This roundup of Facebook status-update crimes just popped up where else. It's pretty funny, and gets at some of the issues here, but in a far more clever way than the post I'd halfheartedly half-written in response. Basically the gist is, do not confuse Facebook for your mother. (Item 3, but really all of them.) If something goes well in your life, do you really think everyone you met briefly in a class six years ago is happy for you?
But there are other interesting observations, such as that past a certain threshold, complaints about getting hit on stop reading as feminist activism and start reading as bragging about one's own gorgeousness. The example provided:
On my walk home from work, I was whistled at twice, honked at twice, and one car almost caused an accident slowing down to stare at me. Sometimes I really hate men.This item caused all kinds of controversy in the comments. Complaining about harassment isn't bragging!, some insist, adding that only a man would possibly think this. Catcalls aren't compliments!
So. I'm quite sure I'm not a man, but I immediately knew exactly what that item was referring to. True, victims of sexual violence are not necessarily any which way physically. No, being stalked isn't even remotely like being scouted by a (legitimate) modeling agency. And as I've said here so many times before, street harassment is typically less about looks than perceived vulnerability, thus explaining why you might have been much better-looking at 23 than 13, but getting far more street attention from men at the younger age.
But are we really going to claim that women who are admired every time they leave the house, asked out every time they go to a coffee shop, proposed marriage to every time they take the bus, that such women are not being praised for their looks? That being certifiably stunning isn't at all a form of advantage? That women never, ever brag about this sort of non-threatening attention, but knowing that it's socially unacceptable to announce that one is hot, include a quasi-feminist disclaimer?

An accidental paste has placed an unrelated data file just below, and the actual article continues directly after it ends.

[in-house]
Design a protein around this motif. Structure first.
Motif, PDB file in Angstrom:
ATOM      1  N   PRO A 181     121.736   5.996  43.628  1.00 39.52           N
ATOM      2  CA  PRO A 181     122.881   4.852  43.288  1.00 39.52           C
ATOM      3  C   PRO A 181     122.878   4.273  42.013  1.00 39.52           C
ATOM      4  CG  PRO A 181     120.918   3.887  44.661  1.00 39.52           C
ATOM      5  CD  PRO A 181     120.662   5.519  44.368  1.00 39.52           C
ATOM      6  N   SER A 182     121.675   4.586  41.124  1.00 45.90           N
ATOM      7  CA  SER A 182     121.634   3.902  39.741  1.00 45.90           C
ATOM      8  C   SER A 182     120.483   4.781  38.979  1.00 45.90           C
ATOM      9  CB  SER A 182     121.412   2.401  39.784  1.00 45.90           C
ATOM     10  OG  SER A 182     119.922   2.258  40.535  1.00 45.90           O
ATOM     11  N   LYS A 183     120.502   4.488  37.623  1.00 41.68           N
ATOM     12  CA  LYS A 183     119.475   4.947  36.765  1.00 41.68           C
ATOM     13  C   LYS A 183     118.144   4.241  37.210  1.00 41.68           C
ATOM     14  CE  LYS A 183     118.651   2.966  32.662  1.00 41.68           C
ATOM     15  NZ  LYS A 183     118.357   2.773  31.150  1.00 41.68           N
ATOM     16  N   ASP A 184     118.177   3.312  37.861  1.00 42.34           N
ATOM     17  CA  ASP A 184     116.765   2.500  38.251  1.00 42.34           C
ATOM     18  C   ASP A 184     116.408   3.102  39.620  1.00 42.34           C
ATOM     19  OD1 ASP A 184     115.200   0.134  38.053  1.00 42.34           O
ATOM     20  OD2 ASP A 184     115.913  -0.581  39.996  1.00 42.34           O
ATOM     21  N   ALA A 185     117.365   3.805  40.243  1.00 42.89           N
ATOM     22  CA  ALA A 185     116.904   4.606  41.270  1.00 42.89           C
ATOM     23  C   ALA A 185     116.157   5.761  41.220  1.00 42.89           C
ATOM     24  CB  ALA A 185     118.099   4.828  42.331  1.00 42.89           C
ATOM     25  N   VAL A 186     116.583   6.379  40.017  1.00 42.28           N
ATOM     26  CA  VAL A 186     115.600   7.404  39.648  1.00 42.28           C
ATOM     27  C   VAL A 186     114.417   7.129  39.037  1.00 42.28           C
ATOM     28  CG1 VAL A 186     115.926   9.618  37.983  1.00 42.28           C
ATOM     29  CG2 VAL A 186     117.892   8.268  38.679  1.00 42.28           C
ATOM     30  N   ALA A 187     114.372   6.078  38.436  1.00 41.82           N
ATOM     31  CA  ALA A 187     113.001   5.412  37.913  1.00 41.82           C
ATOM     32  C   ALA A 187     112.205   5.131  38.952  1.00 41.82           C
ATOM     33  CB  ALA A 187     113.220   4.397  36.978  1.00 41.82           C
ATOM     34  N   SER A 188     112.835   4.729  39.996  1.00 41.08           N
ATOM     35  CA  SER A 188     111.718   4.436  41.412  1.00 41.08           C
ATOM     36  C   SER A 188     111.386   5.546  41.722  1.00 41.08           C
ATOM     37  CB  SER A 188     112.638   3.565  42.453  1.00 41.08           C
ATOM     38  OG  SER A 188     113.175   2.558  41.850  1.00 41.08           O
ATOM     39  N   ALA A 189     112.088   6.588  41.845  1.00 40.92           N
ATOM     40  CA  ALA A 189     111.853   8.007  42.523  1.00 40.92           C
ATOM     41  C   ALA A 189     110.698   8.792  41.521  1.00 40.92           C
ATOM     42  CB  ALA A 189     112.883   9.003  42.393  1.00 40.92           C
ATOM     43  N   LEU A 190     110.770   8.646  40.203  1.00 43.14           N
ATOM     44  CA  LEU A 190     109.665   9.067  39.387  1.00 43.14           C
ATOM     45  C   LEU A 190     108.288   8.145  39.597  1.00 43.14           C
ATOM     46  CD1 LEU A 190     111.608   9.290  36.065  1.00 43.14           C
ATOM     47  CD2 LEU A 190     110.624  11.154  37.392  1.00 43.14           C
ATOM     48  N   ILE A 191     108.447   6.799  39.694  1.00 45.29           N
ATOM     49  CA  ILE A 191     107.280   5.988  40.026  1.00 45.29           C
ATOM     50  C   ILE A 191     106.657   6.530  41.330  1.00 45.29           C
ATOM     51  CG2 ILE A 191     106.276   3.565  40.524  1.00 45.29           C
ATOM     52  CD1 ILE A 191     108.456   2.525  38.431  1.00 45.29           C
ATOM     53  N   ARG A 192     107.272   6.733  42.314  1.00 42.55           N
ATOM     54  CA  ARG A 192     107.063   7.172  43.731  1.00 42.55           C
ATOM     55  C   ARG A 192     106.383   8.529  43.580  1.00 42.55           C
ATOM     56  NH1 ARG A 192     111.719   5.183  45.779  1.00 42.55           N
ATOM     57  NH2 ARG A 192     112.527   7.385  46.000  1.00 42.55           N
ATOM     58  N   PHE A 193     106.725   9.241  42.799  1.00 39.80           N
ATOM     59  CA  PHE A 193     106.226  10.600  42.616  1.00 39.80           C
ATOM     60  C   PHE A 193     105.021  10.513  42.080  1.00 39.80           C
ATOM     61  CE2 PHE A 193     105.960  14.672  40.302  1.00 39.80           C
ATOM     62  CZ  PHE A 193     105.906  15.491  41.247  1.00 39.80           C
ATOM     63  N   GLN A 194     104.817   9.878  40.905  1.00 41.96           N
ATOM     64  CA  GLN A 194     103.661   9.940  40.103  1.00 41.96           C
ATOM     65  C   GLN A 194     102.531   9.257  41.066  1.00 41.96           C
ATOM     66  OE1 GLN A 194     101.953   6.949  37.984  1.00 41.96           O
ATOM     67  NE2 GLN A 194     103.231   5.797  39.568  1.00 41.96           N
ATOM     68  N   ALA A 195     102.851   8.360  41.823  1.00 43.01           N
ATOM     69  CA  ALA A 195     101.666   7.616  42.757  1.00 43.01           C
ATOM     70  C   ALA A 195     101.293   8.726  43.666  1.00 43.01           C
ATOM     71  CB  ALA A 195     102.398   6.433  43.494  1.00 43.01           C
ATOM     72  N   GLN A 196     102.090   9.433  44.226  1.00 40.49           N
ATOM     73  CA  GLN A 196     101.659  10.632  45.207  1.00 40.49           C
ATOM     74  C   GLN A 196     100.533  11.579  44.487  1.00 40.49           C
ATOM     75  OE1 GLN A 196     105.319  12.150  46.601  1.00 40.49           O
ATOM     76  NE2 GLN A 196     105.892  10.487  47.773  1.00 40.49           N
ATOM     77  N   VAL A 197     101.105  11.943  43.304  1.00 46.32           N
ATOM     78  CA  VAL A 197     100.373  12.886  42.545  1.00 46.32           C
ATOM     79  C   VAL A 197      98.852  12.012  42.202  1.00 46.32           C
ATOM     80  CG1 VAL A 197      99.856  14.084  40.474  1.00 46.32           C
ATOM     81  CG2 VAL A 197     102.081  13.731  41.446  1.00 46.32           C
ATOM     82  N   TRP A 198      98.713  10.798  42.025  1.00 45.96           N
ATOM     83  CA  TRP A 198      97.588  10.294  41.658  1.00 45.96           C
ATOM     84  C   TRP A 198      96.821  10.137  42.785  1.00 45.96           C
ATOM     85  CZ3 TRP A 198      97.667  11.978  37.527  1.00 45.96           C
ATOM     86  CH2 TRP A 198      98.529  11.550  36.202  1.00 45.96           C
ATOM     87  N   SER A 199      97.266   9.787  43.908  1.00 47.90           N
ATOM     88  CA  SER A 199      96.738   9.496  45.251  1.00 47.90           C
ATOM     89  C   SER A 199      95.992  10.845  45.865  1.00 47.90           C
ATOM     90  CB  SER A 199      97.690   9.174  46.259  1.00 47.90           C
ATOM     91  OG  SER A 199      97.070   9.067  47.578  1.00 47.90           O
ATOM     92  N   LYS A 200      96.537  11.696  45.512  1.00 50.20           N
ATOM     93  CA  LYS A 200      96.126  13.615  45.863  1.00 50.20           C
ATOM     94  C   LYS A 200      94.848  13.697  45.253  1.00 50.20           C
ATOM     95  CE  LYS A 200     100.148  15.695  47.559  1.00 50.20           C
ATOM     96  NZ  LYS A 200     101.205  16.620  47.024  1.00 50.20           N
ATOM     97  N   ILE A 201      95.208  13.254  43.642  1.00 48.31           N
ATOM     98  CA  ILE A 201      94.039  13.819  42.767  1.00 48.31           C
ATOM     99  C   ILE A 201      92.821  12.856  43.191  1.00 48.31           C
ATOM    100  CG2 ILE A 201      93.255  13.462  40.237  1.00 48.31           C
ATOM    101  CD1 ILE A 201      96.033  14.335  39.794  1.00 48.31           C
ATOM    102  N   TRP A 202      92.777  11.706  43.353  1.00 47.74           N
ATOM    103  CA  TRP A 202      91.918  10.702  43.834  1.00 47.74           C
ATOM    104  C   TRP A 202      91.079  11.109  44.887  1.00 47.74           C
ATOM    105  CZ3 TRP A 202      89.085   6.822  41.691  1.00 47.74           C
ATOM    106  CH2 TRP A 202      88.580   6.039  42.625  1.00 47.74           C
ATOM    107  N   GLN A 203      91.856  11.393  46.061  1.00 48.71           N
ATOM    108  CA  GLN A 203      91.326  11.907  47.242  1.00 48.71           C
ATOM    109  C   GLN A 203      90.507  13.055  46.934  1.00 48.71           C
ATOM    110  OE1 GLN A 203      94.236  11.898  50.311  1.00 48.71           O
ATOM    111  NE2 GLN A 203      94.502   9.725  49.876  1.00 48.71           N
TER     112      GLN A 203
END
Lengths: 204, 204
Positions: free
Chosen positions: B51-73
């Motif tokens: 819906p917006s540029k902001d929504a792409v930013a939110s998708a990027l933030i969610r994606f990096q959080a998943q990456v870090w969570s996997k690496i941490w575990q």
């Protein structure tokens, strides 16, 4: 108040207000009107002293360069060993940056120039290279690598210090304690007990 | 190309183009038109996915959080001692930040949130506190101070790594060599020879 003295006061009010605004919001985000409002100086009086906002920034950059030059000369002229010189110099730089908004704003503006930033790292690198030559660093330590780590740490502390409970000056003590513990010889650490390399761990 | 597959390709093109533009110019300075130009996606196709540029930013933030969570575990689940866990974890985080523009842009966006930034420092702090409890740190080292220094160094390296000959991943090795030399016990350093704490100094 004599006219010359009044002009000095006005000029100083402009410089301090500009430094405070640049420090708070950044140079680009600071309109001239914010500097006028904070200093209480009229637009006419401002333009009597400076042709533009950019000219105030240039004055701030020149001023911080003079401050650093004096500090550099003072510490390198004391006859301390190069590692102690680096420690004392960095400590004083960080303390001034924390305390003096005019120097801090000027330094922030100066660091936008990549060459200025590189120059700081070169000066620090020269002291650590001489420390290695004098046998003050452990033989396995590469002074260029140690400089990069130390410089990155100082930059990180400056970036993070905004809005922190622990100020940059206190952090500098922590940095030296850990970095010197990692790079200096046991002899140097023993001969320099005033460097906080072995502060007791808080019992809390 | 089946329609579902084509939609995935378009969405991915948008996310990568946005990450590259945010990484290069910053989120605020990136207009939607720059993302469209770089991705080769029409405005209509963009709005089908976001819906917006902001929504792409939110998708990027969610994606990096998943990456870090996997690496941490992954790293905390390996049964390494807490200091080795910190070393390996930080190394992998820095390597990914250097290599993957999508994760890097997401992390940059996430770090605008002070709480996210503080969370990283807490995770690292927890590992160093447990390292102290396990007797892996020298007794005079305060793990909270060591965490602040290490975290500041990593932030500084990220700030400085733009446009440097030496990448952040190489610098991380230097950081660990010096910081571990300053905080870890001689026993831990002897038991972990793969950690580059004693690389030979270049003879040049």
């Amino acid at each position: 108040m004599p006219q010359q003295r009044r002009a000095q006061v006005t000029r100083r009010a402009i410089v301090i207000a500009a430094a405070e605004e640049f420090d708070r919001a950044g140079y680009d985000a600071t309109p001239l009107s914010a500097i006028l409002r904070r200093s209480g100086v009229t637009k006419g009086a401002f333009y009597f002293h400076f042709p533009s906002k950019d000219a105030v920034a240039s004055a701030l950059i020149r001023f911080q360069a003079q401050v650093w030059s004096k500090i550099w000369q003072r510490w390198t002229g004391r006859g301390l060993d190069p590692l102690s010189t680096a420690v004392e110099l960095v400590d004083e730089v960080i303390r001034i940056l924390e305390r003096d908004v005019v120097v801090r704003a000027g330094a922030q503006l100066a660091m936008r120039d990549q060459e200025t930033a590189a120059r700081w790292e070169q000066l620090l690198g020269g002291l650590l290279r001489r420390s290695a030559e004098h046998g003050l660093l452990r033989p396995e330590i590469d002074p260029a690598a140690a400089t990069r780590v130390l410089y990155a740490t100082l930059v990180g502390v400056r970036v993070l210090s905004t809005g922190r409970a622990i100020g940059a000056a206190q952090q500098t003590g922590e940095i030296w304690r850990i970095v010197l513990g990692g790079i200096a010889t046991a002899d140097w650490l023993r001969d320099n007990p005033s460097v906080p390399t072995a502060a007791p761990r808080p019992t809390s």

And are status updates a useful vehicle for protesting honest-to-goodness male sketchiness? If we take into account that status updates (by men and women alike) are about constructing an image, the terms change. The instances women experience of feeling genuinely threatened don't make for catchy, upbeat witticisms suitable for a general audience. So we may hear about oh-so-creepy dudes on the subway who want to know what you're reading, but not about the ex who follows you around town. The men whose idea of street attention is 'Hey good-looking,' and not the ones who try to physically trip women as they pass, or who expose themselves, etc. The very nature of the genre lends itself to exactly the kinds of attention that are more on the 'flattering' end of the spectrum.
It gets complicated, though, because the sort of attention that is a compliment - and we know this, in part, because women past a certain age so often complain about no longer receiving it - can also be perceived of as menacing. Even something as seemingly non-aggressive as being told you're beautiful can, depending the context, be wildly inappropriate. So it might seem the safest bet to say, fine, yes, we suspect on some level that some 'complaints' are bragging, but we'll never really know which count as such, so we should give the complainers themselves the benefit of the doubt.
Which would be fine - and which is, practically speaking, the only way to go - if it were not for the following: These conversations can define the essential female experience - or young-and-female experience - as being hit on all the time, thereby excluding whichever women are not from female solidarity. The feminist sphere can at times end up mimicking exactly that which it's trying to combat, acting as if the only women who matter are the ones who are young, pretty, and appealing in a general sense to men.